Roles of Blood Flow in Platelet Adhesion and Aggregation
The investigations described in this review concern platelet adhesion and aggregation as blood flow-dependent phenomena. The experimental approach utilizes a chamber in which are controlled both blood flow and, in aggregation studies, the rate at which ADP enters flowing blood by localized diffusion through a Cuprophan membrane. Videomicroscopy and densitometry of video recordings allow quantification of the in situ growth of surface-adherent platelet aggregates. Platelet adhesion is studied separately using phase contrast microscopy. As a result, with the present method one can distinguish adhesion from aggregation, utilize whole blood, simulate arterial (or extracorporeal) shear rate conditions, independently vary ADP entry rate, and quantify aggregate growth in situ continuously.
One finding with this experimental system is that human platelet adhesion to Cuprophan membrane (and to at least two other surfaces) exposed to flowing blood for 10 min to 3 hr is negligible in comparison to dog platelet adhesion to these same surfaces. The species difference is present in both citrated and heparinized blood and at surface shear rates comparable to those in mammalian arteries, i.e., 99 to 986 sec−1. Tests for the thromboresistance of biomaterials and for platelet adhesion under controlled flow conditions must take into better account variations between humans and other species. More generally, initial rates of platelet adhesion to Cuprophan for eight species are either “diffusion-limited” (dog, rabbit) or “surface-reaction limited” (human and five other species). In either case there operates a macroscopic transport mechanism for platelets which involves blood flow.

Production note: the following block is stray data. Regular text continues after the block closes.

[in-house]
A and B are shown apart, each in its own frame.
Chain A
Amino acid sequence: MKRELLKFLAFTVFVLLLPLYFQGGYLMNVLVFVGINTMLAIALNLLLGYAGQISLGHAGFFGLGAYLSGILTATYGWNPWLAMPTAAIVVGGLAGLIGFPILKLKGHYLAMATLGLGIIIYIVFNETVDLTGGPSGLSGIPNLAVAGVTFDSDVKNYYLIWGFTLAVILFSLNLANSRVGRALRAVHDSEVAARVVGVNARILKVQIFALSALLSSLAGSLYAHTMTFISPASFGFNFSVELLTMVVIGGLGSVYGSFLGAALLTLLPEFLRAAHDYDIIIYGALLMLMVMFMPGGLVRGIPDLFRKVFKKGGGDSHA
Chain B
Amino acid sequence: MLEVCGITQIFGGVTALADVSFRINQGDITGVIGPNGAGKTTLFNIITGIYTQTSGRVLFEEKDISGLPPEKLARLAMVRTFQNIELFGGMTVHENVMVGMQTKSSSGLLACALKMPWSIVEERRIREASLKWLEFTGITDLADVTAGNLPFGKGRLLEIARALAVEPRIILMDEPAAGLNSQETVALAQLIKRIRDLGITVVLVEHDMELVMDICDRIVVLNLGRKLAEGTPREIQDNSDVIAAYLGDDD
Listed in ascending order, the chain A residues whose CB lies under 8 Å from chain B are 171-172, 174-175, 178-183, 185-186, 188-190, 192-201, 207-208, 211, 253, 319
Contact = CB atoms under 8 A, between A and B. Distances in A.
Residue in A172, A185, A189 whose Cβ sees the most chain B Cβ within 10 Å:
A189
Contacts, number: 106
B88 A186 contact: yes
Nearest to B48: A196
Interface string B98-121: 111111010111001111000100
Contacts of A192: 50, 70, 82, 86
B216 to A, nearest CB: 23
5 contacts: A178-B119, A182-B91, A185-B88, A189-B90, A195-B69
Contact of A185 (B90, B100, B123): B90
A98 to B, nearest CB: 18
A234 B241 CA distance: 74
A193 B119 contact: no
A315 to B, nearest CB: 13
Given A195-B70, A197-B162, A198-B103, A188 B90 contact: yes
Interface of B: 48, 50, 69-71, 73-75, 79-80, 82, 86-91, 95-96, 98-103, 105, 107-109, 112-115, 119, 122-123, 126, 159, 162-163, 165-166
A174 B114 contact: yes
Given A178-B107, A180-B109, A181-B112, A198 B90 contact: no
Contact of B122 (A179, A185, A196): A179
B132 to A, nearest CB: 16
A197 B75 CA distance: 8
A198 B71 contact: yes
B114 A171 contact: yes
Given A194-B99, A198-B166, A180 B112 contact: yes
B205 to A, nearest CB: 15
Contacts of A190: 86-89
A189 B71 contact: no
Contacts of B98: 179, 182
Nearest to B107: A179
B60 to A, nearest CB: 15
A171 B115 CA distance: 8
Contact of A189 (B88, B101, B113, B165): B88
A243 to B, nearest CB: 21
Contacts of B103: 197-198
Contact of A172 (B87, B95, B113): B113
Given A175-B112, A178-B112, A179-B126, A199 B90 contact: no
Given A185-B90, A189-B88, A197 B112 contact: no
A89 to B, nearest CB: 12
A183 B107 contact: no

With citrated dog blood and ADP in pmolal concentrations at the membrane-blood surface, another finding is that aggregate rate of growth prior to embolization passes through a maximum (between 394 and 635 sec-1) with respect to surface shear rate. This result can be explained by competition between platelet convection and diminution of blood levels of ADP with increased flow and suggests the existence of flow regimens favoring or inhibiting aggregate growth. Furthermore, aggregate growth seems to depend upon degree of platelet adhesion prior to the onset of ADP entry and, consequently, species and the particular synthetic surface in question. Shear flow, but not the presence of erythrocytes, is essential to the aggregation process.
For shear rates up to 394 sec−1, the above results suggest a role for platelets in thrombosis which increases as shear rate increases. Such a role is compatible with the greater importance of platelets in arterial thrombosis (shear rates above about 100 sec−1) than in venous thrombosis (shear rates below about 100 sec−1). Arterial thrombi, characteristically more whitish in color, are in large part composed of platelets and fibrin, while the more reddish venous thrombi are principally red blood cells entrapped in a fibrin mesh. As a result, anticoagulants are less effective in prevention of arterial than venous thrombosis; antiplatelet agents are being evaluated in the management of arterial thrombosis, particularly treatment of coronary artery disease and cerebro-vascular disease (1,2).
KeywordsShear Rate Human Platelet Platelet Adhesion Increase Shear Rate Aggregate Growth
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